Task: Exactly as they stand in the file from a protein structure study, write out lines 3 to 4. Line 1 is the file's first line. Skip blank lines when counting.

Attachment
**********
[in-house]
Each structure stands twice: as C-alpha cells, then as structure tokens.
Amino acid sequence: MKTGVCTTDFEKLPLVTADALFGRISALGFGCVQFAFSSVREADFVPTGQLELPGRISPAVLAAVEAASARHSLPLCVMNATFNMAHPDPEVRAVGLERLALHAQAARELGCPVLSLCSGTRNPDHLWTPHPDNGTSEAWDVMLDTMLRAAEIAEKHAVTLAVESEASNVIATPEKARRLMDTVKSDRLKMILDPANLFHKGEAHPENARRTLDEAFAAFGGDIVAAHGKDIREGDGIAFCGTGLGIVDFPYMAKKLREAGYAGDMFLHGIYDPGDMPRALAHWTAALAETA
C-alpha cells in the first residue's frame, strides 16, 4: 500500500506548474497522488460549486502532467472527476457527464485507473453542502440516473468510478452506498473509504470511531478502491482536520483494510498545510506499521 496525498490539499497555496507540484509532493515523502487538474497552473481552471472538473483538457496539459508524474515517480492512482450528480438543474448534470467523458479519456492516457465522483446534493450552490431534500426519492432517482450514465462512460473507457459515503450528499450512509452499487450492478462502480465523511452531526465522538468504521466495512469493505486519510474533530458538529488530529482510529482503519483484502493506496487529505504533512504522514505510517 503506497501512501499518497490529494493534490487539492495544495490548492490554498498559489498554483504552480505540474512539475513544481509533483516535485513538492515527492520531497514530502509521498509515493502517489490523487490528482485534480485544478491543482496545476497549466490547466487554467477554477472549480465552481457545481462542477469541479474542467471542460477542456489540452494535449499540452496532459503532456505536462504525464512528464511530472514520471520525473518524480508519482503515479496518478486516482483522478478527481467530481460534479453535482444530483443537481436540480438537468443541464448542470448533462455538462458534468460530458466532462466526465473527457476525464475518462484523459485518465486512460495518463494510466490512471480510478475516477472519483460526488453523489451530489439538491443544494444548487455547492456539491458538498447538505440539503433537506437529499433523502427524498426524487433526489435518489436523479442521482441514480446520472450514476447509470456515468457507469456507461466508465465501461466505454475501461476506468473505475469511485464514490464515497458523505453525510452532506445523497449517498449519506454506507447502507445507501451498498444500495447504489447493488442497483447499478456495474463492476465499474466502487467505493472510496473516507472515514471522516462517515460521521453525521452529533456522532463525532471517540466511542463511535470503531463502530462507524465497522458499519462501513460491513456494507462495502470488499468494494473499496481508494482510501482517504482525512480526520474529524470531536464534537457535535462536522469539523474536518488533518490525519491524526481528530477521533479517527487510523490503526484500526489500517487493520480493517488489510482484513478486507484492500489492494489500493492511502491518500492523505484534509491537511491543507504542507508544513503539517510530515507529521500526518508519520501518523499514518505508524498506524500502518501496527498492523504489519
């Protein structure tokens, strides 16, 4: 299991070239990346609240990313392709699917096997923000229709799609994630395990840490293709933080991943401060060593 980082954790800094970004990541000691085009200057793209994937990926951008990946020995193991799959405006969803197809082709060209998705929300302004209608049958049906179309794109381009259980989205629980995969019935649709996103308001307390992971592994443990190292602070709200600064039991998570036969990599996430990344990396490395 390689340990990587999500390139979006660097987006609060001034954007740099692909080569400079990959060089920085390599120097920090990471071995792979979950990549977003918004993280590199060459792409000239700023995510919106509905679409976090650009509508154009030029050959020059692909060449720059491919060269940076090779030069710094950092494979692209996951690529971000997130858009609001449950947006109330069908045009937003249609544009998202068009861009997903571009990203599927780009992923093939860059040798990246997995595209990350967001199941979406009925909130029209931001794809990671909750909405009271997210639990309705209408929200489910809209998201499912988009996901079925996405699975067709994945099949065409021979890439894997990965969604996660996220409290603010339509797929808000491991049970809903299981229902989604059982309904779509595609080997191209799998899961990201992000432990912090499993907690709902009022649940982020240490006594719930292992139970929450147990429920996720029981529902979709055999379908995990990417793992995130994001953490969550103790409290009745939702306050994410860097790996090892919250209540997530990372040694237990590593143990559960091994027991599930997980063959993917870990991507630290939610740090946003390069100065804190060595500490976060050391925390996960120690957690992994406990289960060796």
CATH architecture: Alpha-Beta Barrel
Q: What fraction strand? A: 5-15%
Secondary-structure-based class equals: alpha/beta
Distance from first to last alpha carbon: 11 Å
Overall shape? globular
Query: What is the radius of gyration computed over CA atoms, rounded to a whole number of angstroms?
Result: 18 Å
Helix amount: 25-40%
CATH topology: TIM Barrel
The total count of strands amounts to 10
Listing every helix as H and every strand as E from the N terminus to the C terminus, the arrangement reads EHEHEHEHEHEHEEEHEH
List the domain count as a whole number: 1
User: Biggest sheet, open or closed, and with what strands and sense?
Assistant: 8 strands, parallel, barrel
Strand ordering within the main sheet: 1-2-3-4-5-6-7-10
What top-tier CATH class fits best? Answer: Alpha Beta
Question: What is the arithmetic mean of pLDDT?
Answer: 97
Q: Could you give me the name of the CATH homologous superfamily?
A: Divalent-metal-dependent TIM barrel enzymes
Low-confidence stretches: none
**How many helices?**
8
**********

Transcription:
Amino acid sequence: MKTGVCTTDFEKLPLVTADALFGRISALGFGCVQFAFSSVREADFVPTGQLELPGRISPAVLAAVEAASARHSLPLCVMNATFNMAHPDPEVRAVGLERLALHAQAARELGCPVLSLCSGTRNPDHLWTPHPDNGTSEAWDVMLDTMLRAAEIAEKHAVTLAVESEASNVIATPEKARRLMDTVKSDRLKMILDPANLFHKGEAHPENARRTLDEAFAAFGGDIVAAHGKDIREGDGIAFCGTGLGIVDFPYMAKKLREAGYAGDMFLHGIYDPGDMPRALAHWTAALAETA
C-alpha cells in the first residue's frame, strides 16, 4: 500500500506548474497522488460549486502532467472527476457527464485507473453542502440516473468510478452506498473509504470511531478502491482536520483494510498545510506499521 496525498490539499497555496507540484509532493515523502487538474497552473481552471472538473483538457496539459508524474515517480492512482450528480438543474448534470467523458479519456492516457465522483446534493450552490431534500426519492432517482450514465462512460473507457459515503450528499450512509452499487450492478462502480465523511452531526465522538468504521466495512469493505486519510474533530458538529488530529482510529482503519483484502493506496487529505504533512504522514505510517 503506497501512501499518497490529494493534490487539492495544495490548492490554498498559489498554483504552480505540474512539475513544481509533483516535485513538492515527492520531497514530502509521498509515493502517489490523487490528482485534480485544478491543482496545476497549466490547466487554467477554477472549480465552481457545481462542477469541479474542467471542460477542456489540452494535449499540452496532459503532456505536462504525464512528464511530472514520471520525473518524480508519482503515479496518478486516482483522478478527481467530481460534479453535482444530483443537481436540480438537468443541464448542470448533462455538462458534468460530458466532462466526465473527457476525464475518462484523459485518465486512460495518463494510466490512471480510478475516477472519483460526488453523489451530489439538491443544494444548487455547492456539491458538498447538505440539503433537506437529499433523502427524498426524487433526489435518489436523479442521482441514480446520472450514476447509470456515468457507469456507461466508465465501461466505454475501461476506468473505475469511485464514490464515497458523505453525510452532506445523497449517498449519506454506507447502507445507501451498498444500495447504489447493488442497483447499478456495474463492476465499474466502487467505493472510496473516507472515514471522516462517515460521521453525521452529533456522532463525532471517540466511542463511535470503531463502530462507524465497522458499519462501513460491513456494507462495502470488499468494494473499496481508494482510501482517504482525512480526520474529524470531536464534537457535535462536522469539523474536518488533518490525519491524526481528530477521533479517527487510523490503526484500526489500517487493520480493517488489510482484513478486507484492500489492494489500493492511502491518500492523505484534509491537511491543507504542507508544513503539517510530515507529521500526518508519520501518523499514518505508524498506524500502518501496527498492523504489519